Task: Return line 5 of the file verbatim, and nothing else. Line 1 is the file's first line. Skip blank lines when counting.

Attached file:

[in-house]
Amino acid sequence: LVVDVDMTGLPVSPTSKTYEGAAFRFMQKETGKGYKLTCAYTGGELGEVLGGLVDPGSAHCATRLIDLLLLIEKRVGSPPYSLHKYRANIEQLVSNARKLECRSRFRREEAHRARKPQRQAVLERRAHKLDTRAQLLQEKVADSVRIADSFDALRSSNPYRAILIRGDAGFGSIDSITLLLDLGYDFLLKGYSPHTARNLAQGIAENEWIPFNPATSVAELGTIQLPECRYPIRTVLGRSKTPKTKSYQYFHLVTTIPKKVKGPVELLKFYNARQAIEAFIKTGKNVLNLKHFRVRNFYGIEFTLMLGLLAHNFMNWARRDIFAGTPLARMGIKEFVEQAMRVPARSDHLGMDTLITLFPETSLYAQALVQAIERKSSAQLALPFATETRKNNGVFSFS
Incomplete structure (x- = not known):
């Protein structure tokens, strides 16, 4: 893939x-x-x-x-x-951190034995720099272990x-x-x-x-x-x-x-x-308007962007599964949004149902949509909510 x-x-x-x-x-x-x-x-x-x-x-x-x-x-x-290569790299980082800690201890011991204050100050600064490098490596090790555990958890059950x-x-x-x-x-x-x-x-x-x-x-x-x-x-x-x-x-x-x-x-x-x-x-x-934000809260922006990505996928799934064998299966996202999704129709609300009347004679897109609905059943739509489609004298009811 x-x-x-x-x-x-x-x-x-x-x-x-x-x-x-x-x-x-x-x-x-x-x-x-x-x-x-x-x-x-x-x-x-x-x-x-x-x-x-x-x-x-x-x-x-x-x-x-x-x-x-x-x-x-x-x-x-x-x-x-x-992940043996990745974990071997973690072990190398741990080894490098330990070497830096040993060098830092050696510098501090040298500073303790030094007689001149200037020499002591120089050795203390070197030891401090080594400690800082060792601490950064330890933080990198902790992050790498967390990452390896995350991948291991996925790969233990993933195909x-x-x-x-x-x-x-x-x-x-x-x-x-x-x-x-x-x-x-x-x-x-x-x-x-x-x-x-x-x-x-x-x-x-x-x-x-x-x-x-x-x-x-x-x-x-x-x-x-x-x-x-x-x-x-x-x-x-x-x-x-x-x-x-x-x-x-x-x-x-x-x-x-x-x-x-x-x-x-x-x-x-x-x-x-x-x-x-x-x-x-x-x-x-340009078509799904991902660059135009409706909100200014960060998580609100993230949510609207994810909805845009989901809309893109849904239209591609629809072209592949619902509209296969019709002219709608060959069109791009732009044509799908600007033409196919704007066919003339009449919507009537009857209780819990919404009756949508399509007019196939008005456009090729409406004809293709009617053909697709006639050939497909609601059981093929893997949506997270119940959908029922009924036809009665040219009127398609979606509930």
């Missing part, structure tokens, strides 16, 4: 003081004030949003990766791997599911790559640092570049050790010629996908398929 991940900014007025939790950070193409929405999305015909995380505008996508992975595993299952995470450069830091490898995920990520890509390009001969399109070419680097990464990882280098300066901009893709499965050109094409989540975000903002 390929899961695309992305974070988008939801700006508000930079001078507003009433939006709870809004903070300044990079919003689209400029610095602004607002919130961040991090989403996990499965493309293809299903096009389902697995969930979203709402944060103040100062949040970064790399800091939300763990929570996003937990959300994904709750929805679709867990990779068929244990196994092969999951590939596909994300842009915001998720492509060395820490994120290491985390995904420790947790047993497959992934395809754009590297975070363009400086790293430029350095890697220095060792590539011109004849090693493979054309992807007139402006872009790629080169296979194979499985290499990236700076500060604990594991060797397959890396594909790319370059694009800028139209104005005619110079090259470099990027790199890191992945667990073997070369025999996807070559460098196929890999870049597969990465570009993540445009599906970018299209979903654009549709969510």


């Missing part, structure tokens, strides 16, 4: 003081004030949003990766791997599911790559640092570049050790010629996908398929 991940900014007025939790950070193409929405999305015909995380505008996508992975595993299952995470450069830091490898995920990520890509390009001969399109070419680097990464990882280098300066901009893709499965050109094409989540975000903002 390929899961695309992305974070988008939801700006508000930079001078507003009433939006709870809004903070300044990079919003689209400029610095602004607002919130961040991090989403996990499965493309293809299903096009389902697995969930979203709402944060103040100062949040970064790399800091939300763990929570996003937990959300994904709750929805679709867990990779068929244990196994092969999951590939596909994300842009915001998720492509060395820490994120290491985390995904420790947790047993497959992934395809754009590297975070363009400086790293430029350095890697220095060792590539011109004849090693493979054309992807007139402006872009790629080169296979194979499985290499990236700076500060604990594991060797397959890396594909790319370059694009800028139209104005005619110079090259470099990027790199890191992945667990073997070369025999996807070559460098196929890999870049597969990465570009993540445009599906970018299209979903654009549709969510």